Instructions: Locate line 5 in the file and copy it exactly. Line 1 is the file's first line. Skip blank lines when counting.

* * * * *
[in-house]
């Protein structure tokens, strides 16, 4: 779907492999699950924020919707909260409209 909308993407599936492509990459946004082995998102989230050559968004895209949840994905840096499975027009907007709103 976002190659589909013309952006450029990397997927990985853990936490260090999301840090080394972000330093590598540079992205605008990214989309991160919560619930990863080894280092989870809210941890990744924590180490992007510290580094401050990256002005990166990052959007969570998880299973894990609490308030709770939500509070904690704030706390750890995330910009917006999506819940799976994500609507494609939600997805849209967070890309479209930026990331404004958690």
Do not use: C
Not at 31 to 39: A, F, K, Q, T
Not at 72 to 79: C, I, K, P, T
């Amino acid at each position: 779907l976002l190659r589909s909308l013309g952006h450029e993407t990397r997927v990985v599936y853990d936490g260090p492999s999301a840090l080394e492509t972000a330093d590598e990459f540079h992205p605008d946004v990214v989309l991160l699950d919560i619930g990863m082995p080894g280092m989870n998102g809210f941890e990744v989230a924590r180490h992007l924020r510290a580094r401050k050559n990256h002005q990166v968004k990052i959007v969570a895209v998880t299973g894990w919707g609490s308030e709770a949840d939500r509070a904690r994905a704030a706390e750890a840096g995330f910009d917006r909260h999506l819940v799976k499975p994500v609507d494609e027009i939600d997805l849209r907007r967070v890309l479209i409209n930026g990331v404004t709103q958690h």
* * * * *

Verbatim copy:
Not at 72 to 79: C, I, K, P, T